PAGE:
Skip to main content

As it is with the rest of the sports world, the PGA Tour has been temporarily shut down due to the COVID-19 outbreak. So how are players and caddies getting paid?

Since March 13, the day the PGA Tour decided to pull the plug on The Players Championship after one round, nobody has been getting paid, including commissioner Jay Monahan, who agreed to give up his salary indefinitely during this crisis. The tour has already been forced to completely cancel eight tournaments and the first three major championships on the golf calendar, The Masters, PGA Championship, and U.S. Open, have been postponed.

In an effort to help players and caddies, the PGA Tour recently announced a plan that will offer cash advances to players ranked in the top 150 of the current FedEx Cup standings. Players outside the top 150 will have different options available to them, as will caddies.

How PGA Tour players and caddies usually get paid

During a normal PGA Tour event, the payouts are pretty simple. A field of usually anywhere from 120 to 156 players begin an event, there’s a cut after two rounds, and those that make the cut take home a check, regardless of where they finish. The FedEx Cup, a season-long competition that awards points based on tournament finishes, also gives players a chance to earn bonus money at the end of the season, depending on where they finish once the Tour Championship is complete. Many players on tour also make large sums of money through endorsement deals.

Naturally, the higher a player finishes, the higher the paycheck is going to be. In the PGA Tour’s most recent tournament (a completed one anyway), the Arnold Palmer Invitational at Bay Hill, winner Tyrrell Hatton earned $1.674 million. Last-place finisher Rob Oppenheim earned $19,251.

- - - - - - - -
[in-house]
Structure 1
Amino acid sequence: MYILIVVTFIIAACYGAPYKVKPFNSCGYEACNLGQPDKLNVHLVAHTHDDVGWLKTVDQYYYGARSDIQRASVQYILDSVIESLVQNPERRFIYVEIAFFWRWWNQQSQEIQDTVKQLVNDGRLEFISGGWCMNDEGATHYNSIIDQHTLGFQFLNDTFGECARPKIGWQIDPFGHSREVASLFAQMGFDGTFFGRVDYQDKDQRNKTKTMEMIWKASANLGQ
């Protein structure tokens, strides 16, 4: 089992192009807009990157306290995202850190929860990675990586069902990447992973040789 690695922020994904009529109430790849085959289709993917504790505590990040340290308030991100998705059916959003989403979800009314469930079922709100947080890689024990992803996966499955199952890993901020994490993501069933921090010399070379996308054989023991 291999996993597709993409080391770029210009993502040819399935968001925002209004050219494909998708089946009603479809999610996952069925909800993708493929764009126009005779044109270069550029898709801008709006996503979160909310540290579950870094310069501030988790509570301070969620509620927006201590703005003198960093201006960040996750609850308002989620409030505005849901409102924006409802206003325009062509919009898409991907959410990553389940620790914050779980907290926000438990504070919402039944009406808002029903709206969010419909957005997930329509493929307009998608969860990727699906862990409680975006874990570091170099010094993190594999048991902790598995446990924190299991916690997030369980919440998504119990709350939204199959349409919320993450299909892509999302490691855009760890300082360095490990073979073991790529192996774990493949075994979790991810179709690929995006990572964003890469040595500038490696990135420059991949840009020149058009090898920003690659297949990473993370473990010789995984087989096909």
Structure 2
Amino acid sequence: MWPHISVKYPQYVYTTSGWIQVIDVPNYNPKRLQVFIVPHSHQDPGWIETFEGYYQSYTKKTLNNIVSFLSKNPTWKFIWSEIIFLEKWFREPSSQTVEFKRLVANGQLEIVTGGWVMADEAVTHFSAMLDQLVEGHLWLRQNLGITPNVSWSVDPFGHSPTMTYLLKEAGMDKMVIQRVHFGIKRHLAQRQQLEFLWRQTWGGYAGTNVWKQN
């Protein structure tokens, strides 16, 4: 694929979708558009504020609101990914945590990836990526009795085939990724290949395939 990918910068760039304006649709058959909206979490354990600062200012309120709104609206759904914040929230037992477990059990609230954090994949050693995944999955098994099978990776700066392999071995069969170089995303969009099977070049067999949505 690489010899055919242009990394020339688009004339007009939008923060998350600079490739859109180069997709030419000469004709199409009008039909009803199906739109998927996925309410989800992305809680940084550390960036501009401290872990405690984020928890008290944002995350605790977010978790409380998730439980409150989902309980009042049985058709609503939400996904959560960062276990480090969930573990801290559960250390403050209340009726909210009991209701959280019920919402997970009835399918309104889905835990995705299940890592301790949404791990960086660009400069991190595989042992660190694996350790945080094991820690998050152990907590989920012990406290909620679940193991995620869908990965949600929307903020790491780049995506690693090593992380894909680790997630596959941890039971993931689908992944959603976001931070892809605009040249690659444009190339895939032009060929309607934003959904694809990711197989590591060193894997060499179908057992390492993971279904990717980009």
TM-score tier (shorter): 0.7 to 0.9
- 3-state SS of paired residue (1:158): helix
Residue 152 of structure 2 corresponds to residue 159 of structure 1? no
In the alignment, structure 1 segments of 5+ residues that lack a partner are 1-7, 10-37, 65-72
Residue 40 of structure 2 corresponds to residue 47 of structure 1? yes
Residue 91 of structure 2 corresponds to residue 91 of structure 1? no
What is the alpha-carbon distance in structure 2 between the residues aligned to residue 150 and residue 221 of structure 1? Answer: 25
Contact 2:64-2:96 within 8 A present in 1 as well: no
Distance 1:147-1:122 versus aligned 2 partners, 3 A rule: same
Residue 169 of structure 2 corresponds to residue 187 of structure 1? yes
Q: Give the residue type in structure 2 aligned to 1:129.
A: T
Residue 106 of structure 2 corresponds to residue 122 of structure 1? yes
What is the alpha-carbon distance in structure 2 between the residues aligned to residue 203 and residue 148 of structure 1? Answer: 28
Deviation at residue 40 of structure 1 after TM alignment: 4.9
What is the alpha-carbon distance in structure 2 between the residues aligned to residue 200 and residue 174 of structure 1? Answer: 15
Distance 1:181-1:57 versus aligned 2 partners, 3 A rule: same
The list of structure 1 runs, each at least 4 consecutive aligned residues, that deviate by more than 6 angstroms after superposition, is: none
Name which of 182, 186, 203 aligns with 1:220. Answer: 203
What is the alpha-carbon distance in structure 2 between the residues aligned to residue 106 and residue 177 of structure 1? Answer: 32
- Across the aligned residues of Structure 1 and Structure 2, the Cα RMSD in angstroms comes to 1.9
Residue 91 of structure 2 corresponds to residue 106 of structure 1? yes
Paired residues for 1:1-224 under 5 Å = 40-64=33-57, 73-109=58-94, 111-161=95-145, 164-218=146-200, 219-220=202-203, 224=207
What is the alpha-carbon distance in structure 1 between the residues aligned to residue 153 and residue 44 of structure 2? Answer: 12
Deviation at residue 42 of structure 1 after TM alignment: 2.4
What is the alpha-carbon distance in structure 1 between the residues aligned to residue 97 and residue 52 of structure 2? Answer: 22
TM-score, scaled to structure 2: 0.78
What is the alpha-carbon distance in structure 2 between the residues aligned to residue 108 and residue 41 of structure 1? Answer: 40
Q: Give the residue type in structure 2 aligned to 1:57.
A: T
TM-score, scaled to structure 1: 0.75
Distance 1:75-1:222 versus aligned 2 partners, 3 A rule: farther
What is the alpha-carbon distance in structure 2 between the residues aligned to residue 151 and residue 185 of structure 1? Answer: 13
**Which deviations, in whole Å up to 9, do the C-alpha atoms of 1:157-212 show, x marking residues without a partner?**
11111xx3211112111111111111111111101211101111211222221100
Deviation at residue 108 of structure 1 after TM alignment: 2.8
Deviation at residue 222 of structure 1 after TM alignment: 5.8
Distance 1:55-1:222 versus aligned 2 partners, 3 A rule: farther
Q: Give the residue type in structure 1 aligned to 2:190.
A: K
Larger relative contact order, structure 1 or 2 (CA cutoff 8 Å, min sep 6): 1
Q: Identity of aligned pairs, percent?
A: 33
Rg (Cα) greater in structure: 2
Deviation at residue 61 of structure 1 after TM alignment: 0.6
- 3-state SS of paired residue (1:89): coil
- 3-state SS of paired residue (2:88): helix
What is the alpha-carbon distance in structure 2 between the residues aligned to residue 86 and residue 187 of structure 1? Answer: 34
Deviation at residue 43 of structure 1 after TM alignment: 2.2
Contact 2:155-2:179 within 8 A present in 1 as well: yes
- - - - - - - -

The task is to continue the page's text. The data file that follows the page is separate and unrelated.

As for caddies, they usually receive a weekly salary from their player, which they use to pay for food, lodging, car rental, etc. If their player makes the cut, they’re generally given around five or six percent of the overall winnings, seven or eight percent with a top-10, and 10 percent with a victory.

The plan to pay players and caddies during the hiatus

With players and caddies currently unable to earn money via tournaments, the PGA Tour recently announced a plan that players ranked in the top 150 of the current FedEx Cup standings can take a cash advance of up to 50 percent of their projected FedEx Cup bonus, up to $100,000. This naturally affects those in the top 30. For example, if the season were to end today, points leader Sungjae Im would earn a $15 million bonus. He wouldn’t be able to take $7.5 million, only $100,000.

But if you look at a player like J.T. Poston, who is currently in 60th place in the FedEx Cup standings, his bonus would be $151,000. So he’d be entitled to take a cash advance of $75,500 right now. But if he were then to end up in 150th place in the standings at the conclusion of the Tour Championship (assuming play resumes this year), he would only receive a $70,000 bonus, which means he would still owe the PGA Tour $5,500. That money would be taken from future earnings until the balance is paid and that applies to everyone who takes a cash advance under this plan.

For those currently outside the top 150, those players can receive money in four different ways. They can take advance pay on future Monday pro-ams, an advance on future earnings, retirement plan financial hardship distribution, or distribution from the PGA Tour charitable and education benevolent fund.

Caddies can be compensated through a $250,000 distribution from the Valspar Caddie Hat program and an increase of balances available in the caddie benevolent fund.

When will the PGA Tour resume play?

The PGA Tour has canceled all tournaments through the AT&T Byron Nelson, which was set to take place from May 7-10 at Trinity Forest Golf Club in Dallas. The PGA of America has postponed the PGA Championship, which was set for May 14-17 at Harding Park in San Francisco.

At this time, the PGA Tour is still planning to resume the 2019-2020 season at the Charles Schwab Challenge, which is set to begin on May 21 at Colonial Country Club in Fort Worth, Texas.